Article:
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'I've lost my sensitivity'

Sports | Mike Tyson's boxing career comes to a fitting conclusion

Issue: "Bob Geldof: Whose jubilee?," June 25, 2005

The ending was somehow fitting for Mike Tyson. Suddenly in the sixth round of his fight against Kevin McBride, Mr. Tyson, 38, had a moment of transcendence, a lightning bolt of self-awareness. Once a world champion, Mr. Tyson's career had devolved to fighting tomato-can boxers like Kevin McBride. Worse yet, Mr. Tyson couldn't even knock the tomato can down.

It's a sad moment when you realize the joke's on you. Fans weren't tuning in to watch Mr. Tyson the boxer. Iron Mike hasn't been a real boxer in some time. His last big win came 14 years ago against Donovan Ruddock. Instead, fans came to see Mr. Tyson for the same reason people used to go to Barnum's freak shows. Would Mr. Tyson bite off Mr. McBride's ear? It could happen.

In the sixth round, after rounds of landing punches with seemingly no effect (early in Mr. Tyson's career he sometimes needed just one punch to knock out an opponent), Mr. Tyson turned on the freak show. If he couldn't hurt Mr. McBride with punches, he'd find other ways. He tried to break his opponent's arm. He delivered a low blow. He head butted. In the final seconds of the sixth, Mr. McBride had endured enough. He shoved the former champion to the ground.

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Mr. Tyson sat back, leaning his body and head against the ropes. Eventually he made it back to his corner, but he never came out for the next round. "I'm not going to lie to myself," Mr. Tyson said, adding that he's done as a boxer. "I'm not going to embarrass this sport any more."

So that's how it ended for Mike Tyson. No fanfare. No title bout. The Mr. Tyson who fought on June 11 only barely resembled the fighter who in 1985 made his debut, in 1986 became the youngest heavyweight champion, and until 1990 dominated the sport. Since then, Mr. Tyson has spent three years in prison on a rape conviction, endured a separate jail stint, bitten off a piece of Evander Holyfield's ear, caused a pre-fight melee, and racked up tremendous debt.

In fact his debt-reported to be around $40 million-may eventually push him out of his newfound retirement and back to the ring. But don't feel sorry, Mr. Tyson says. He became his own self-fulfilling prophecy.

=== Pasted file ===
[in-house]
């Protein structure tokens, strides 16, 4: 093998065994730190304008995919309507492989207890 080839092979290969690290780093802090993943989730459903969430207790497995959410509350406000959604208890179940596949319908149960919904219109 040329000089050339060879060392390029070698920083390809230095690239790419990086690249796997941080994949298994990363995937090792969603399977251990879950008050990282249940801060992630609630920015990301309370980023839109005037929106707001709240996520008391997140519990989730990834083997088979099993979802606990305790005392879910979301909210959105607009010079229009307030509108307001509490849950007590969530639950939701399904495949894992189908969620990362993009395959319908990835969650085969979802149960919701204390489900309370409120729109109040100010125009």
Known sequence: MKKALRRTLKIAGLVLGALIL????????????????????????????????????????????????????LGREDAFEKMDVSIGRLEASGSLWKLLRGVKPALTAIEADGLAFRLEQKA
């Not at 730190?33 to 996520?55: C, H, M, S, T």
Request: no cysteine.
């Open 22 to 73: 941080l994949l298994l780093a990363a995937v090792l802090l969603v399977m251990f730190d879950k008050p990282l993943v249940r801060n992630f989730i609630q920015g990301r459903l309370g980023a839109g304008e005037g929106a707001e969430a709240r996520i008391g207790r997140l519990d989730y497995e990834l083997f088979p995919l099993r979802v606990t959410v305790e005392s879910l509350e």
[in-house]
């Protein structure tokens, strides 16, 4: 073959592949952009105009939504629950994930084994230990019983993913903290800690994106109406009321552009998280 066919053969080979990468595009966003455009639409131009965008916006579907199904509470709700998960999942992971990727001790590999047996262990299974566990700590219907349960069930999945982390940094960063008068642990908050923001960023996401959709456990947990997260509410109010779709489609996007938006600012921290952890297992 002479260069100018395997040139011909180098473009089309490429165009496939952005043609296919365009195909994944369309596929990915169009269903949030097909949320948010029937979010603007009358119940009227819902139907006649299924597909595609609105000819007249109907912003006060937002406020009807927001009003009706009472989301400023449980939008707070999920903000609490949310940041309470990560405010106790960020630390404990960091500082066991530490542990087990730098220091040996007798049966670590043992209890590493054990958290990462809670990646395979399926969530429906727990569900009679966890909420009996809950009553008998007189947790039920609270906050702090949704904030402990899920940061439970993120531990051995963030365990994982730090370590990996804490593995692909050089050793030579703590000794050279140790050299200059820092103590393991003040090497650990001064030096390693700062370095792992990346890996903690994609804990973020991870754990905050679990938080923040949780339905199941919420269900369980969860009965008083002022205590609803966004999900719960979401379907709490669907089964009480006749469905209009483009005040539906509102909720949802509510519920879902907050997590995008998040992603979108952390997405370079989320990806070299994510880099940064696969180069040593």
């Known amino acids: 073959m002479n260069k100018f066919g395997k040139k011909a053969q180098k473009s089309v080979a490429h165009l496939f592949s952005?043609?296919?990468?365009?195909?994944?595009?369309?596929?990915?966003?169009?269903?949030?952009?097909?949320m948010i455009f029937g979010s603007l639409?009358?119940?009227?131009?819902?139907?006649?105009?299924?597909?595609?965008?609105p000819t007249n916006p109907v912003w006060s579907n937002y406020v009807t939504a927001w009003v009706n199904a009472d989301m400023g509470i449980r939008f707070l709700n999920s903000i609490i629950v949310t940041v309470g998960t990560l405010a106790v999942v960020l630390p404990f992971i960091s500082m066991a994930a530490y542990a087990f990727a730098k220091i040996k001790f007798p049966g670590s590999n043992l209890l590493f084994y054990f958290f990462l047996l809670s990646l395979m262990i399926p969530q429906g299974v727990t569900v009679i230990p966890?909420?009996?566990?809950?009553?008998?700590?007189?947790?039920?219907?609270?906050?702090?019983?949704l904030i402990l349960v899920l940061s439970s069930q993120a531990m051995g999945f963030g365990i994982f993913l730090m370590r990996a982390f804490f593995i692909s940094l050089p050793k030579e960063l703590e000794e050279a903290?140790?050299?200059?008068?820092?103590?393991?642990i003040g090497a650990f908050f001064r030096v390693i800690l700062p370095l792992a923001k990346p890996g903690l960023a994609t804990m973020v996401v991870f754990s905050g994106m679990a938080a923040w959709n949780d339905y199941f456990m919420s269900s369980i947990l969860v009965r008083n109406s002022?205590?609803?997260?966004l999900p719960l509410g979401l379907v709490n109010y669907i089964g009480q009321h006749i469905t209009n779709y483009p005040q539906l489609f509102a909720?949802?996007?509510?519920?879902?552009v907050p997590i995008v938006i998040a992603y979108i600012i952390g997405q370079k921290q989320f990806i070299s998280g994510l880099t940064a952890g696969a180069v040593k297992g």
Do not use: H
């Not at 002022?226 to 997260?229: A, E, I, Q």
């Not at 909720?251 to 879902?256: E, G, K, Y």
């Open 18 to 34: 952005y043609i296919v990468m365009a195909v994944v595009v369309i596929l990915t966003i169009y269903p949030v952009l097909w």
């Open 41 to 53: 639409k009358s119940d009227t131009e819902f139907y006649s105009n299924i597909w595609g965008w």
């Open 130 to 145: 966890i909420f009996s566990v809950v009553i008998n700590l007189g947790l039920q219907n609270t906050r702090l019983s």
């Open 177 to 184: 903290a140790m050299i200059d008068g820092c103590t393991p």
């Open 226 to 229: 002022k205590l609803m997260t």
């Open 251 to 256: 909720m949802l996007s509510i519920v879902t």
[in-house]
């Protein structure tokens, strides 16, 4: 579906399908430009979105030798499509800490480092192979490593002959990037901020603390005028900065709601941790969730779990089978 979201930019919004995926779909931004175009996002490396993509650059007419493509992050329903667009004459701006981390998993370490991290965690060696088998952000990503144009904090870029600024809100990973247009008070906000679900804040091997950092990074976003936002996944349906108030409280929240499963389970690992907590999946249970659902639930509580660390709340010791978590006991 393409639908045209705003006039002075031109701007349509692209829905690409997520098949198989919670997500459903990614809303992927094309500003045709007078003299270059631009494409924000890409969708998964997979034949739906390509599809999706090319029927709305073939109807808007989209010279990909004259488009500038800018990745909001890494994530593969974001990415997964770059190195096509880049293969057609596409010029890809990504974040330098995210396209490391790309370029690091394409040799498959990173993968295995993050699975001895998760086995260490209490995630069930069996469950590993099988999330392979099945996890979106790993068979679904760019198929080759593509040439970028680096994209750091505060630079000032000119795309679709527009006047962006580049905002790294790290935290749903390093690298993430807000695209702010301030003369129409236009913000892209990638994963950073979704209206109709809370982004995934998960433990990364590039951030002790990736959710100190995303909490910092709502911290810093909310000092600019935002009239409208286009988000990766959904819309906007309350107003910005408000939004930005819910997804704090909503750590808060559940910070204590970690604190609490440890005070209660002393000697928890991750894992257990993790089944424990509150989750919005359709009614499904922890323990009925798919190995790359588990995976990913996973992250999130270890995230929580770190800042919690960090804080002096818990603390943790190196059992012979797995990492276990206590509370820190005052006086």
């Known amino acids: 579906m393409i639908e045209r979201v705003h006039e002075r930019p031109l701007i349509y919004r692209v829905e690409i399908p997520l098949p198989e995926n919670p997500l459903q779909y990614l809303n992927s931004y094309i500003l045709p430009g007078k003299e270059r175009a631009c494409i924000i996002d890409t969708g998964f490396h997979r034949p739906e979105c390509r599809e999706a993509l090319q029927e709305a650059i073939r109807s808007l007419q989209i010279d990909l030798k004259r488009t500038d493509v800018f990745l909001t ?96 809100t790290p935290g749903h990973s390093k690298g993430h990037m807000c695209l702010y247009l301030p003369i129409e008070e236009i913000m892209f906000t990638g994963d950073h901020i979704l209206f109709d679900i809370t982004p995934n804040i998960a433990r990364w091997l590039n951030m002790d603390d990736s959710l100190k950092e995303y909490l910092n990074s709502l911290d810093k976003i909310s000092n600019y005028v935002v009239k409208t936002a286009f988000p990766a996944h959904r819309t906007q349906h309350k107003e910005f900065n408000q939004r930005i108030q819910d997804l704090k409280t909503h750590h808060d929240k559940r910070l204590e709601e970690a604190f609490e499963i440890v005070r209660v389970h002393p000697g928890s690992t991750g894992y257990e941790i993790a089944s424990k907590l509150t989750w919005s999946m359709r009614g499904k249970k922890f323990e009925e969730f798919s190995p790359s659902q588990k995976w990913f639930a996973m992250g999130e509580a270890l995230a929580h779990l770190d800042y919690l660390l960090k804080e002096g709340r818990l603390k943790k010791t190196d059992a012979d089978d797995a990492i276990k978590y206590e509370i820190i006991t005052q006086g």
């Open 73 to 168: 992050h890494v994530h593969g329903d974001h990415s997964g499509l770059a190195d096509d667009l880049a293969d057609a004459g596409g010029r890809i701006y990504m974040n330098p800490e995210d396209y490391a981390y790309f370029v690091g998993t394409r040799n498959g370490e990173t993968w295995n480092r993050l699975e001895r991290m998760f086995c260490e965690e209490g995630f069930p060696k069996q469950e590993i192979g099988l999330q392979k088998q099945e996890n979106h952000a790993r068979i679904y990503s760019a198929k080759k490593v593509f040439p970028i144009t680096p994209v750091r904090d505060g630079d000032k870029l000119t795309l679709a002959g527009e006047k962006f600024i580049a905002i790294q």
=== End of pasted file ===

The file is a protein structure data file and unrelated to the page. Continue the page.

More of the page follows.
"Most of my fans are too sensitive when it comes to me. I'm a cold and a cruel and a hard person. I've been around the worst," he said. "You can't take away what's happened to me. I've been abused any way anyone can be abused. I'm not used to sensitivity any more. Don't cry. I don't know how to handle people crying anymore. I've lost my sensitivity."

Yes, even Mike Tyson, perhaps especially Mike Tyson, understands total depravity.

Around the Horn

•Meet the new coach, same as the old coach. One disastrous season after blowing up the franchise, the Los Angeles Lakers turned back to coach Phil Jackson. The Lakers let Mr. Jackson go on June 18, 2004, and hired him back on June 14 this year. The 60-year-old Mr. Jackson will face perhaps his toughest task: rebuilding a team with an apparent lack of talent. The Lakers still boast Kobe Bryant, but the all-star guard could only lead the Lakers to a 34-48 record last season.

•Just in time for the Cincinnati Reds' first trip to Boston's Fenway Park since the 1975 World Series, the Red Sox decided to make a change at the ballpark. In a pre-game ceremony on June 13, Boston officials dubbed the left field foul pole the "Fisk Pole" in honor of former Red Sox slugger Carlton Fisk. Almost 30 years ago, Mr. Fisk launched a historic home-run shot down the left-field line during Game 6 of the World Series. The video of Mr. Fisk waving his arms as if to will it fair has become an icon of autumn baseball.

•The clock is now ticking on a new 100-meter dash world record holder. Asafa Powell of Jamaica broke American Tim Montgomery's 100-meter world record by .01 second when he clocked a 9.77 at the Tsiklitiria Super Grand Prix meeting in Athens June 14. Progression of the 100m record:
1896: Tom Burke (12.0)
1908: Reggie Walker (10.8)
1936: Jesse Owens (10.3)
1968: Jim Hines (9.95)
1983: Calvin Smith (9.93)
1988: Carl Lewis (9.92)
1990: Leroy Burrell (9.90)
1991: Carl Lewis (9.86)
1994: Leroy Burrell (9.85)
1996: Donovan Bailey (9.84)
1999: Maurice Greene (9.79)
2002: Tim Montgomery (9.78)
2005: Asafa Powell (9.77)

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